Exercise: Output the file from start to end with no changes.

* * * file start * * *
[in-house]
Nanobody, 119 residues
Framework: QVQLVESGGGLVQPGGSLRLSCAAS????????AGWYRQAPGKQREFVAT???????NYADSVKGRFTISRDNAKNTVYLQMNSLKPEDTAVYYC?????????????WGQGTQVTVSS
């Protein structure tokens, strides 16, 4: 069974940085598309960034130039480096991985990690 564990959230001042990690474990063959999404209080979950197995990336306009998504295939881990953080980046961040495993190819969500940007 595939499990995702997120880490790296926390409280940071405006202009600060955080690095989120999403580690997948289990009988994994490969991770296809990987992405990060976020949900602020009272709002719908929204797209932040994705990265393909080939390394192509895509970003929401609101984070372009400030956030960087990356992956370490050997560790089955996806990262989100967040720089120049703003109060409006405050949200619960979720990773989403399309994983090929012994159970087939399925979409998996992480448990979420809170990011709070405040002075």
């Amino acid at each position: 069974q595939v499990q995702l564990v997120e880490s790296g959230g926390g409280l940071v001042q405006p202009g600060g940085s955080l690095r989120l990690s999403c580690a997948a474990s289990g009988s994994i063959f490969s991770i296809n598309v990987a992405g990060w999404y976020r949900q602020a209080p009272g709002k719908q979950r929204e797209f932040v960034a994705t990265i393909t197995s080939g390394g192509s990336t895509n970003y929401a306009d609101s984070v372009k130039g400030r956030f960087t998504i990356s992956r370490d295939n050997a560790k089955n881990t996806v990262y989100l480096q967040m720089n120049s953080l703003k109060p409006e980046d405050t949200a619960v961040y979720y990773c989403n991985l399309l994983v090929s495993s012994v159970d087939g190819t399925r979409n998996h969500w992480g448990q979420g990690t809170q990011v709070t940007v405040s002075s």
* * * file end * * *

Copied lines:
[in-house]
Nanobody, 119 residues
Framework: QVQLVESGGGLVQPGGSLRLSCAAS????????AGWYRQAPGKQREFVAT???????NYADSVKGRFTISRDNAKNTVYLQMNSLKPEDTAVYYC?????????????WGQGTQVTVSS
């Protein structure tokens, strides 16, 4: 069974940085598309960034130039480096991985990690 564990959230001042990690474990063959999404209080979950197995990336306009998504295939881990953080980046961040495993190819969500940007 595939499990995702997120880490790296926390409280940071405006202009600060955080690095989120999403580690997948289990009988994994490969991770296809990987992405990060976020949900602020009272709002719908929204797209932040994705990265393909080939390394192509895509970003929401609101984070372009400030956030960087990356992956370490050997560790089955996806990262989100967040720089120049703003109060409006405050949200619960979720990773989403399309994983090929012994159970087939399925979409998996992480448990979420809170990011709070405040002075």
């Amino acid at each position: 069974q595939v499990q995702l564990v997120e880490s790296g959230g926390g409280l940071v001042q405006p202009g600060g940085s955080l690095r989120l990690s999403c580690a997948a474990s289990g009988s994994i063959f490969s991770i296809n598309v990987a992405g990060w999404y976020r949900q602020a209080p009272g709002k719908q979950r929204e797209f932040v960034a994705t990265i393909t197995s080939g390394g192509s990336t895509n970003y929401a306009d609101s984070v372009k130039g400030r956030f960087t998504i990356s992956r370490d295939n050997a560790k089955n881990t996806v990262y989100l480096q967040m720089n120049s953080l703003k109060p409006e980046d405050t949200a619960v961040y979720y990773c989403n991985l399309l994983v090929s495993s012994v159970d087939g190819t399925r979409n998996h969500w992480g448990q979420g990690t809170q990011v709070t940007v405040s002075s």